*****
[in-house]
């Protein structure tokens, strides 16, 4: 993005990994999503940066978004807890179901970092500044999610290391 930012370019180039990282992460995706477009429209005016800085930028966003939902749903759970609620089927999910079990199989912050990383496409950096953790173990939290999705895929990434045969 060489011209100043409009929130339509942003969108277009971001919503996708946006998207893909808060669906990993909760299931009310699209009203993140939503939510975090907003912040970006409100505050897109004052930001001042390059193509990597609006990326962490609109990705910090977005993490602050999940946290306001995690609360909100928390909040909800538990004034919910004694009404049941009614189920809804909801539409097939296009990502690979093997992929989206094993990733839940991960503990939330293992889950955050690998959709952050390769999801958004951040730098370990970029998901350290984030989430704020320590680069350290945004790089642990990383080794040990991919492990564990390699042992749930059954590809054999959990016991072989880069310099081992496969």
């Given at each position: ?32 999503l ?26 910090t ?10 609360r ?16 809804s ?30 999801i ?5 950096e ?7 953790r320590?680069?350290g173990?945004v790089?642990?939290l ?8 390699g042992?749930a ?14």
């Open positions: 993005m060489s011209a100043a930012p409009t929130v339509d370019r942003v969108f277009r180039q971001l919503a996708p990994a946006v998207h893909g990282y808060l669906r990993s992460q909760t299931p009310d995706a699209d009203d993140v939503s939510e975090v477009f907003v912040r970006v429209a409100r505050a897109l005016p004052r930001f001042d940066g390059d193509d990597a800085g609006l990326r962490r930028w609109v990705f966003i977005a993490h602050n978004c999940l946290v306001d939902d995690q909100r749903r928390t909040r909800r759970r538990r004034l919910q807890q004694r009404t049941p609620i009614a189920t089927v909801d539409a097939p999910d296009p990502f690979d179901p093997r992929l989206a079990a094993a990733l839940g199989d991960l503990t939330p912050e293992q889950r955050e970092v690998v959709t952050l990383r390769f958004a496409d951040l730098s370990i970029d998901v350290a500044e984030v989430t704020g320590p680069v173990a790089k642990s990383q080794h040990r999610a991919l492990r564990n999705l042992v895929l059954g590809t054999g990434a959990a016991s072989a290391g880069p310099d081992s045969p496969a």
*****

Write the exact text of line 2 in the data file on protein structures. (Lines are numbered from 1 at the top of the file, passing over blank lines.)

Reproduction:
């Protein structure tokens, strides 16, 4: 993005990994999503940066978004807890179901970092500044999610290391 930012370019180039990282992460995706477009429209005016800085930028966003939902749903759970609620089927999910079990199989912050990383496409950096953790173990939290999705895929990434045969 060489011209100043409009929130339509942003969108277009971001919503996708946006998207893909808060669906990993909760299931009310699209009203993140939503939510975090907003912040970006409100505050897109004052930001001042390059193509990597609006990326962490609109990705910090977005993490602050999940946290306001995690609360909100928390909040909800538990004034919910004694009404049941009614189920809804909801539409097939296009990502690979093997992929989206094993990733839940991960503990939330293992889950955050690998959709952050390769999801958004951040730098370990970029998901350290984030989430704020320590680069350290945004790089642990990383080794040990991919492990564990390699042992749930059954590809054999959990016991072989880069310099081992496969």